And so amazingly, the Internet still works despite this profound lack of true security. But the trend that I always follow is, how do you tell what’s real from what’s fake? Is the thing interacting with you a human or a nonhuman? So much of what criminals do is really about writing programs and bots that simulate human behavior to do human-like things. They then use those stolen identities to have what is truly a fully synthetic actor.

It’s a little bot that has some aspect of your identity, and it will run around on the Internet trying to log into something or trying to represent itself as you. And the impact of this is far worse than the economic harm of losing $1,000. Banks are probably losing hundreds of millions of dollars on a quarterly basis. No consumer knows about it, because those funds are silently put back. No bank wants you to know how porous the banking environment is. They simply want to absorb those losses so that you don’t lose confidence. And that’s actually okay from a societal point of view.

Coordinated Inauthentic Behavior
A far worse aspect of the usage of synthetic identities is what we call Coordinated Inauthentic Behavior, CIB. For example, bad actors getting on Facebook, Twitter or TikTok and creating what appears to be a groundswell of activity and effort and belief around a particular ideology, a particular idea or a concept, none of which are true.

Even right now in our election there is coordinated inauthentic behavior that is pushing ideas and concepts that are driven by actors that are trying to interfere in our election. (In 2016, it was absolutely rampant. There’s less of that happening in 2020.) So what happens when there’s interference by Coordinated Inauthentic Behavior? When there are millions of actions, likes and posts and clicks and forwards that are inauthentic, you end up with a perversion of democracy. So this idea of real versus fake is incredibly pernicious. And it’s something that I think, is worthy of a lot of time and attention by anybody that that wants to pursue a career in cybersecurity.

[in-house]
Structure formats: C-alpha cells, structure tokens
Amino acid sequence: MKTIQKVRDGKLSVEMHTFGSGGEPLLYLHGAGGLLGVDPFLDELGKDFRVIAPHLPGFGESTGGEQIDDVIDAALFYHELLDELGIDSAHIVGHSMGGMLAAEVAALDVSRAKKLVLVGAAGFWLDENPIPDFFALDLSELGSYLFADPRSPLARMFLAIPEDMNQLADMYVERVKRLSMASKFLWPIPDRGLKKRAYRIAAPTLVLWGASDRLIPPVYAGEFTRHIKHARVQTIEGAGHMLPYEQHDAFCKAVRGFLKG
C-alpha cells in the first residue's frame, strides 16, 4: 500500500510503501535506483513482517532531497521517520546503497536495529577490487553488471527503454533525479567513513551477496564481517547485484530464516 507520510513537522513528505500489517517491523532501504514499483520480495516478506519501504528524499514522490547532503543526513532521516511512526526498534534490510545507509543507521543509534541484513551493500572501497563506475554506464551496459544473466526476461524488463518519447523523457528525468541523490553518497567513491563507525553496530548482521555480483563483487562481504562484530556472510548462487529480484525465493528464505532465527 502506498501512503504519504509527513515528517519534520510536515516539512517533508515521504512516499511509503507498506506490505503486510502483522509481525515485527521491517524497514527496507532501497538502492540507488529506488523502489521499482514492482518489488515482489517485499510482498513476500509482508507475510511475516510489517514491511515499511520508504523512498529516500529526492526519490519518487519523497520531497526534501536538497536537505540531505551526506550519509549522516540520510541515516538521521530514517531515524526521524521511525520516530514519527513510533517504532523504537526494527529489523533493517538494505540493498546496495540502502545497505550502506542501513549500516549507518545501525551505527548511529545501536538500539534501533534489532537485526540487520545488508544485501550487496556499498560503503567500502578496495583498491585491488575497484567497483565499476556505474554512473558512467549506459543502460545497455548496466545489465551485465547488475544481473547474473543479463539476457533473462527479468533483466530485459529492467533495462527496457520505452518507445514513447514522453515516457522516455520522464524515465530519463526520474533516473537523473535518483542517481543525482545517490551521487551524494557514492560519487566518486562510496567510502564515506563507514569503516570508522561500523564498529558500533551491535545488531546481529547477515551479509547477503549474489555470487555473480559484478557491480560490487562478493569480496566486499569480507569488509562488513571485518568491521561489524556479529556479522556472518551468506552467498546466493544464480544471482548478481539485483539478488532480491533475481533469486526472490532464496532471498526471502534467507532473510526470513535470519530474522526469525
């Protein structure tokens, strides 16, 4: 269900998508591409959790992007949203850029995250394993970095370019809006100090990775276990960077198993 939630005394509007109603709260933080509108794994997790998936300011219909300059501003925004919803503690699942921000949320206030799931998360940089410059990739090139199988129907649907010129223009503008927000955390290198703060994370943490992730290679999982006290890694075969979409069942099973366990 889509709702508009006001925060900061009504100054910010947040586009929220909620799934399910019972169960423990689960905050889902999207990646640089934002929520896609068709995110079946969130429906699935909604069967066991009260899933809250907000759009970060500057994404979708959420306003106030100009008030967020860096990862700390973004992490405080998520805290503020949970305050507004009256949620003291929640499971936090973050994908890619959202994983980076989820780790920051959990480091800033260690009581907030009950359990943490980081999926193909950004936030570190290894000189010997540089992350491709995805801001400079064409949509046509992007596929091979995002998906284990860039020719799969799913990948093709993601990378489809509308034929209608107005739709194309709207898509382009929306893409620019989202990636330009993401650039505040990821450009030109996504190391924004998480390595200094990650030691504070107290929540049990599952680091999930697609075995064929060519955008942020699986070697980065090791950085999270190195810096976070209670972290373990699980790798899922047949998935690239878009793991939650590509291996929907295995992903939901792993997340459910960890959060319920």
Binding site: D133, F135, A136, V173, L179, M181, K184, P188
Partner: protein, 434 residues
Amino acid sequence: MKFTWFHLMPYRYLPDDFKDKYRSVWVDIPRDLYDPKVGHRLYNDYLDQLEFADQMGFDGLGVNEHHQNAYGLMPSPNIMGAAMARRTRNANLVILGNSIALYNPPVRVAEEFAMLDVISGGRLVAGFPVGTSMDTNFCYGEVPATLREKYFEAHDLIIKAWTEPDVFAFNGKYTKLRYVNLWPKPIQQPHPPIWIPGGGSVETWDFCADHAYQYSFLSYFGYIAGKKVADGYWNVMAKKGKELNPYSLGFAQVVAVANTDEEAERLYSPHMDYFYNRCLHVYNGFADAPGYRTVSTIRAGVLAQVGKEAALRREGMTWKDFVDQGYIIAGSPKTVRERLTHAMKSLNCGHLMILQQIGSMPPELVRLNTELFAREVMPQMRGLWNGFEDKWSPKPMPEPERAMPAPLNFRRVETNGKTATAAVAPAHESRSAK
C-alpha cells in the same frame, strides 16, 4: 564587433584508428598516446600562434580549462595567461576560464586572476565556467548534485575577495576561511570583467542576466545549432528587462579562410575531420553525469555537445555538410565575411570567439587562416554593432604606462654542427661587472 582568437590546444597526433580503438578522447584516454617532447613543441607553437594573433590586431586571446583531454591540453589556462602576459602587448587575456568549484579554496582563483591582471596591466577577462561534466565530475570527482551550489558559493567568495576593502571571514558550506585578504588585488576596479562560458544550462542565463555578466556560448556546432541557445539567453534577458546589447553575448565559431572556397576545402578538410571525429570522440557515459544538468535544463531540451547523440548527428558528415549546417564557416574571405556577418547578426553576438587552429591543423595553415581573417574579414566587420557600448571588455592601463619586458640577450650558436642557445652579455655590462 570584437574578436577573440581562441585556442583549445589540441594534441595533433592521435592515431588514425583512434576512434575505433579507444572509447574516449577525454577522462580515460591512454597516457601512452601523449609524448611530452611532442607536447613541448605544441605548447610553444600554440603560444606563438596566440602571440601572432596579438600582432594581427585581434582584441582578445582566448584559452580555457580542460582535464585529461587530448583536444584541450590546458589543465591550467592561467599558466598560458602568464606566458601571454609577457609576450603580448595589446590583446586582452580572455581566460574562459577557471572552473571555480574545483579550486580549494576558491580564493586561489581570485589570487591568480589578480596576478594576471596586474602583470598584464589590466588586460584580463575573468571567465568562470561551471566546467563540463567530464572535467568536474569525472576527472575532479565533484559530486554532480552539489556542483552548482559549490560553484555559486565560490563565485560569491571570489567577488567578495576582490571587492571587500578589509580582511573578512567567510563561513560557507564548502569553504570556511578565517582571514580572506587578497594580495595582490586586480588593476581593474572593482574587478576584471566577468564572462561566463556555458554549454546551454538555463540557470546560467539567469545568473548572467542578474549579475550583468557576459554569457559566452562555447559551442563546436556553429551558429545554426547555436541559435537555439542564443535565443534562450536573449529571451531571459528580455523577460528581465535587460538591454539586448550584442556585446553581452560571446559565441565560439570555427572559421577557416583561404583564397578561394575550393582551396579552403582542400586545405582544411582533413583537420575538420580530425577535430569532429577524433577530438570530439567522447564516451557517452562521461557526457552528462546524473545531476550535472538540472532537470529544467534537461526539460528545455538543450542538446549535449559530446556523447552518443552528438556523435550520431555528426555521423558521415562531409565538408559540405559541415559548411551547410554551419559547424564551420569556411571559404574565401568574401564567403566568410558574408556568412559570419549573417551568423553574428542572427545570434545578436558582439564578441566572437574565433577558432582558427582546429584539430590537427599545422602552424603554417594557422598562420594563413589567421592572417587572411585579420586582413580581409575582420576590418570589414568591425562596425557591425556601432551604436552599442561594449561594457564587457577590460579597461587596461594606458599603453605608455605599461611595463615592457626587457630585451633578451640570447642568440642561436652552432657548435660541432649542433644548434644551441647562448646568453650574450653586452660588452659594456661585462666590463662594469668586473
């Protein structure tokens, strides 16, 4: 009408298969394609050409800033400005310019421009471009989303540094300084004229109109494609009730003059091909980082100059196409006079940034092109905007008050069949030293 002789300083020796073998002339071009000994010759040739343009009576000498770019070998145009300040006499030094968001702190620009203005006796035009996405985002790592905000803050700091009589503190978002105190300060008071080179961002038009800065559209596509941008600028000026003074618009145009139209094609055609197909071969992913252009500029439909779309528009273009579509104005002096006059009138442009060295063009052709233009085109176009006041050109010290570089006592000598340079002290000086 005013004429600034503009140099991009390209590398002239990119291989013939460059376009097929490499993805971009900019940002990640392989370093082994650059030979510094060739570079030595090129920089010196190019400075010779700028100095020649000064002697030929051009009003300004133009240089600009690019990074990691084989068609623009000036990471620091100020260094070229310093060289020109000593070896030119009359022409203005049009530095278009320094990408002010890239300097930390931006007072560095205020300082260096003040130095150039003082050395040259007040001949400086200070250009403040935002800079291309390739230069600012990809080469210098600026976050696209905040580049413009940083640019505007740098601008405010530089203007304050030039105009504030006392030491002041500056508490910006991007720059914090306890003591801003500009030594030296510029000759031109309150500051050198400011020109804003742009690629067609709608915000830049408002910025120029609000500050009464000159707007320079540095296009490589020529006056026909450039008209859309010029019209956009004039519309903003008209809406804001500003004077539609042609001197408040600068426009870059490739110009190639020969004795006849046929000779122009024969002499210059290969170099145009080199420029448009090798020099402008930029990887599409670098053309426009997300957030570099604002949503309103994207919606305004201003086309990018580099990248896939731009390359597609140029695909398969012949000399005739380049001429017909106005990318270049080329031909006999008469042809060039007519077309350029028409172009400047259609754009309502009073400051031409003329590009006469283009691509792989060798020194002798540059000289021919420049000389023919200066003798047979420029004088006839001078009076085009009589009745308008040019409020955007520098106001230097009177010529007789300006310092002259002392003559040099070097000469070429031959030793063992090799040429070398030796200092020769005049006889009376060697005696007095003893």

Deep Fakes
Deep fakes are a really, really challenging problem. So far, there are a few technological solutions that can do frame-by-frame and pixel-by-pixel comparison and figure out when various kinds of algorithms are being used to make a mouth move saying words other than what was said in the original video. Same for images.

I’m not aware of what the fundamental long-term defense is going to be against deep fakes. However, we can create more security around official communication. If I wanted to have an official White House video, or even an official video from me, I could create that. There are long-standing concepts that have nothing to do with cyber security that you could use.

I think what we’re going end up with is the following: Official communication, like a video of Biden or Trump is eventually going to have enough watermarking and fingerprinting technology, that the major social media platforms will be able to verify authenticity. You could even use blockchain-related concepts to say, here’s the original source of that video that’s been uploaded to the public blockchain. And we know how to verify against that.

The part I have a lot more difficulty with is user-generated content. What if the video we care about is not necessarily that of a famous person? How do you solve the problem that there is no real authentication mechanism when a video or a photo is being shared and propagated and virally explodes on social media? There is no one thing to say, is this authentic? Does it have the right watermarks and digital fingerprints? When it is content that’s being generated by individuals I think it’s going to be hard for us to decide whether that video is real or fake. So a very, very complicated space that’s still emerging.